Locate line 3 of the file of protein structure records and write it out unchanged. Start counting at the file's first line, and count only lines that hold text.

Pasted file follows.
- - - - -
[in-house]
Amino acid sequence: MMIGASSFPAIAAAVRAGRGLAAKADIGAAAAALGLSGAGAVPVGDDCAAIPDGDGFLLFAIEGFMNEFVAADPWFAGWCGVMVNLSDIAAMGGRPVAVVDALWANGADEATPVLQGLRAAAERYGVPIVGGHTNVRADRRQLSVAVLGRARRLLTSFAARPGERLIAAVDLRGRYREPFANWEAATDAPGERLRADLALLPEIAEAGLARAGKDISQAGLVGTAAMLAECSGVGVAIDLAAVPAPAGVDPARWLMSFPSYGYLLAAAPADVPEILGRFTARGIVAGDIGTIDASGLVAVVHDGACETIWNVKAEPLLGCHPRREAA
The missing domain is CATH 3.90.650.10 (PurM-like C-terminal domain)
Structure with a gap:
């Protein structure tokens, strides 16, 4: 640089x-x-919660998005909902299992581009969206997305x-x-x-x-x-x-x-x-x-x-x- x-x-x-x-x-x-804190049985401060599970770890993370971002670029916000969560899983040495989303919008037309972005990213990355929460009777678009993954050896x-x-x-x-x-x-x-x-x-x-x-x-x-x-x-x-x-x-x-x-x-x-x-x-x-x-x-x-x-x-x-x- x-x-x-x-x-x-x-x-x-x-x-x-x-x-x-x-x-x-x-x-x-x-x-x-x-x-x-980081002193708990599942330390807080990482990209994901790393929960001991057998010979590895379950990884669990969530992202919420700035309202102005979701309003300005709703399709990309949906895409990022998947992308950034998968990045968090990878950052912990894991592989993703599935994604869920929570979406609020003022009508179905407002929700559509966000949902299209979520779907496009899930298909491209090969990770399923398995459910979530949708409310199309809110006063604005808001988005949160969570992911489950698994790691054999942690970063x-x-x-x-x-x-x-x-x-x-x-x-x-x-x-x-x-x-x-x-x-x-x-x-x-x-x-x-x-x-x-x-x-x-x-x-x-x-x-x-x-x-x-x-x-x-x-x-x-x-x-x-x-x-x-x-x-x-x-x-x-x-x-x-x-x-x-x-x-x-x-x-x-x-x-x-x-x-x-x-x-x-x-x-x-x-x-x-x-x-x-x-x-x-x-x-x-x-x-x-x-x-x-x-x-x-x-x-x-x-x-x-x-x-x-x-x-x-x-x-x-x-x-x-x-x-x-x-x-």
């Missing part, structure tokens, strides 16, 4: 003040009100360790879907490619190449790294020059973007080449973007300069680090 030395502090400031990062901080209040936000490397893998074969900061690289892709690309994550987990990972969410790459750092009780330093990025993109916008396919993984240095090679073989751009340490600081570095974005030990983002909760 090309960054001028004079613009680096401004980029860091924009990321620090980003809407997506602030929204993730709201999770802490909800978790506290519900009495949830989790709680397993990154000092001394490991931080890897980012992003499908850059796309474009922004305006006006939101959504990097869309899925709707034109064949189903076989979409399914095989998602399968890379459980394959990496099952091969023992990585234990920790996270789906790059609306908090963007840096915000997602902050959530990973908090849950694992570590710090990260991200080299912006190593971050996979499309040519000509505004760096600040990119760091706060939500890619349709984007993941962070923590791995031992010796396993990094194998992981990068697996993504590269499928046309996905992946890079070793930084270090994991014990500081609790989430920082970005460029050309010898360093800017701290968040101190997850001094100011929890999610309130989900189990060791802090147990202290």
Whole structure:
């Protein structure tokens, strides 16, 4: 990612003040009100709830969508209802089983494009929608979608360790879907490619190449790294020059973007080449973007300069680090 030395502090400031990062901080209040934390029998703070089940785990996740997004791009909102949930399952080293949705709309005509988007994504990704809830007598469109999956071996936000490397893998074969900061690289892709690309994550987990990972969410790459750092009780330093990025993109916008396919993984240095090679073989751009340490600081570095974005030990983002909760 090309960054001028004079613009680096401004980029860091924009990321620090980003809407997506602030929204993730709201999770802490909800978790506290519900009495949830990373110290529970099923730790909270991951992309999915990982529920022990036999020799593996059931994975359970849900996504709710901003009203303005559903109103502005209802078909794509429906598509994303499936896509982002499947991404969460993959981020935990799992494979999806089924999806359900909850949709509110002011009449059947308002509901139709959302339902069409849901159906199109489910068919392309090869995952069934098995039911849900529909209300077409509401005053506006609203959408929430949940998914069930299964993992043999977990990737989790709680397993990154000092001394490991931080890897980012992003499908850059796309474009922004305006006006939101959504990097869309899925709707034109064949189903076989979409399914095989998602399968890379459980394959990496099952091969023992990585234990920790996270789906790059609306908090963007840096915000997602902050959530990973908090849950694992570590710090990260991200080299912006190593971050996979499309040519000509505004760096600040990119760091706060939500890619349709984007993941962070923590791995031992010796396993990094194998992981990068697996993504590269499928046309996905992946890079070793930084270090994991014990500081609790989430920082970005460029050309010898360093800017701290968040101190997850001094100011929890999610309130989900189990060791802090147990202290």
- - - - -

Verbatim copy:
The missing domain is CATH 3.90.650.10 (PurM-like C-terminal domain)